Have Bong – Will Travel

It’s been a few years since we last posted a 4/20 piece, and in that time things have certainly been looking brighter for fans of the noble weed, thanks largely to the good citizens of Uruguay, Washington and Colorado.

Marijuana has been on sale in the Centennial State for nearly four months now, and, contrary to the predictions of the prohibitionists, it has yet to descend into a orgy of drug-fuelled madness. Add in the fact that the tills have been ringing pretty much non-stop since the start of January and the pro-legalisation case begins to look unanswerable. Sure, the federal government still officially frowns on the trade, but they have agreed to turn a blind eye to banks doing business with dope dealers, suggesting that they know that legal pot is here to stay.

Or there to stay at least; sadly there is no sign that progressive change in the drug laws will be happening in this country any time soon. I guess I’ll just have to pack my bags and plan a trip to the Mile-High City

Forty Years Of Insularity

I’d like to be able to join in the tributes to the late Gabriel García Márquez by quoting passages from his works that have inspired me, but the sad truth is that, while I have of course heard of him, and I am familiar with his critical reputation, I have never actually got round to reading any of his books. I’ve pretty much completely avoided magical realism in fact; Angela Carter, Juan Rulfo, not much else.

This rather embarrassing lapse has prompted me to reflect on how anglocentric my reading habits are. How many translated works have I read? There are the ancient classics – Homer, Ovid, Virgil, some other Greeks and Romans. Skip a millennium to Dante and Cervantes, then another gap to the 19th Century; quite a lot of Russian stuff – Tolstoy, Dostoyevsky, Chekhov – Flaubert, Zola. Into the 20th Century there’s Kafka, Hesse. Nothing I can think of post-war though.

This is most unsatisfactory. The cultural life of entire peoples is literally a closed book to me. Inexcusable, in an age where just about any volume is available at the click of a button, but unlikely to change, since I’m already well behind with my list of English must-reads, and new stuff comes out all the time. I will try to tackle One Hundred Years of Solitude this summer though; Márquez did win the Nobel Prize, so I guess it might be worth my time…

This “Internet” thing might catch on

It’s a quarter of a century since Tim Berners-Lee submitted his proposal for what became the World Wide Web; I got on board in 1996 via a 14.4 modem, Compuserve, Netscape Navigator and Geocities, but it wasn’t until May of 2007 that the medium finally reached its full potential with the debut of Second Life Shrink. I think it’s fair to say that there have been no significant developments in online culture since then, but we’re working on it…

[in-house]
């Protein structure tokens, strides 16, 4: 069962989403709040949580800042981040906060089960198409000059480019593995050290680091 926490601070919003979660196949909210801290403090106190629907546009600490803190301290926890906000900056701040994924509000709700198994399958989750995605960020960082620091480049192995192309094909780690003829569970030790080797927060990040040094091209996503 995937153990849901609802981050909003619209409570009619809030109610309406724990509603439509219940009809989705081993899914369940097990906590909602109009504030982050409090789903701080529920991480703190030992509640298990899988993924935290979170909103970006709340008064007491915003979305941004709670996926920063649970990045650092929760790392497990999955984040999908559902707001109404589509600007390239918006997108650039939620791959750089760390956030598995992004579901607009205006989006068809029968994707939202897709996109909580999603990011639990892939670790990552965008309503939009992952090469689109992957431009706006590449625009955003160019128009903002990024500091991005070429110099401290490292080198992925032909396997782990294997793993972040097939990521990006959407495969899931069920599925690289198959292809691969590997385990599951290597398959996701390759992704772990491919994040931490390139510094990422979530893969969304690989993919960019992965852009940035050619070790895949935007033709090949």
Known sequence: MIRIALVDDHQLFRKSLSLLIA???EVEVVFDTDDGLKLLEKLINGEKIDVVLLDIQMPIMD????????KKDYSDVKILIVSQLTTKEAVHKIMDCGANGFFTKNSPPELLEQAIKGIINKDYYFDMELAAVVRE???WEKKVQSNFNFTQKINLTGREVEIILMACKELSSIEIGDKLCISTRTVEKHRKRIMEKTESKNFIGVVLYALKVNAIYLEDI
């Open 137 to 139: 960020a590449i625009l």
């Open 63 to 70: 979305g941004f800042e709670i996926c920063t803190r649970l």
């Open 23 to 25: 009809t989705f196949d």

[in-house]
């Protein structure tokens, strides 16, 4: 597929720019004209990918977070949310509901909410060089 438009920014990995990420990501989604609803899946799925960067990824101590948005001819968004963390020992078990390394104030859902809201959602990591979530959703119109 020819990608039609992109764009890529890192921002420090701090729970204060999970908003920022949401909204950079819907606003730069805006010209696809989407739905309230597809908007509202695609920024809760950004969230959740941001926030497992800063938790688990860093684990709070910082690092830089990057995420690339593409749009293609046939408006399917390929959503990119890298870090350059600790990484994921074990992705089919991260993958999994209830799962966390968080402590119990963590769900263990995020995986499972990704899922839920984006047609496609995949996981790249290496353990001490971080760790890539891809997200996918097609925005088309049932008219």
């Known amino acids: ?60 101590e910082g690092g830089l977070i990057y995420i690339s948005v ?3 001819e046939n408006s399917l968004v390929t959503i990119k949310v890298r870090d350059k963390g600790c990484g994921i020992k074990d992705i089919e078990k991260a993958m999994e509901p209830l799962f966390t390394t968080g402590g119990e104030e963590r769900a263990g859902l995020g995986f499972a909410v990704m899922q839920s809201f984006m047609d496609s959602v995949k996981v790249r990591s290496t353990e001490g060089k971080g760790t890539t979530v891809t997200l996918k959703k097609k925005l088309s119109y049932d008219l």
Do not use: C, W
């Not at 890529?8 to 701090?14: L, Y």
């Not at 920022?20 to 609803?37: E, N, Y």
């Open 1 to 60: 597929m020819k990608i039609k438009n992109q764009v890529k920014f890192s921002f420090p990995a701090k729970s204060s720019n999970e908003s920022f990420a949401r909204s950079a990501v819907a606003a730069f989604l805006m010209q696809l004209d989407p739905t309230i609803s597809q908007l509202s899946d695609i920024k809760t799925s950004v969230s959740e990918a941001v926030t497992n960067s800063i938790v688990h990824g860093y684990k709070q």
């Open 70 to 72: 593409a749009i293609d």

Pete Seeger RIP

I have to admit that I’m not a huge fan of folk music, (though I did enjoy Inside Llewyn Davis on a rare trip to the cinema this weekend) but I was sad to hear that Pete Seeger had passed away today, at the grand old age of 94. His songs seemed to soundtrack much of US radical politics in the last 70 years, from pre-war labour struggles, through McCarthy witch-hunts, civil rights marches and anti-war movements, right up to the Occupy protests of the last few years.

I’m not sure that the protest ballad as a cultural form is quite so popular on this side of the Atlantic, but hearing Seeger deliver a fine old union song like Which Side Are You On? certainly still rouses some revolutionary fervour.

2013: The Year in Review – Part 1: Culture

After my poor showing on the cultural front in 2012 I set myself some rather modest targets for this year; every month get two new records, read two new books, and see two new films. How hard could that be? Harder than I thought evidently.

I didn’t do too badly with music, managing to acquire 30 albums, mostly new stuff, and getting along a few live shows too.

Here’s this year’s mix tape (and here it is on Spotify, with a couple of substitutions for tracks that aren’t available):

Untitled 28 – The Twilight Sad (Killed My Parents and Hit the Road)
Nil - The Twilight Sad (No One Can Ever Know)
Holy – Frightened Rabbit (Pedestrian Verse)
Xcommunication – My Life With The Thrill Kill Kult (I See Good Spirits And I See Bad Spirits)
Girls Are The New Boys – Saloon ((This Is) What We Call Progress)
Partners in Crime – The Strokes (Comedown Machine)
Subway – Yeah Yeah Yeahs (Mosquito)
S.O.S. In Bel Air – Phoenix (Bankrupt!)
Husbands – Savages (Silence Yourself)
Magic Bullet – Wire (Change Becomes Us)
W/ Glass In Foot – Guided By Voices (English Little League)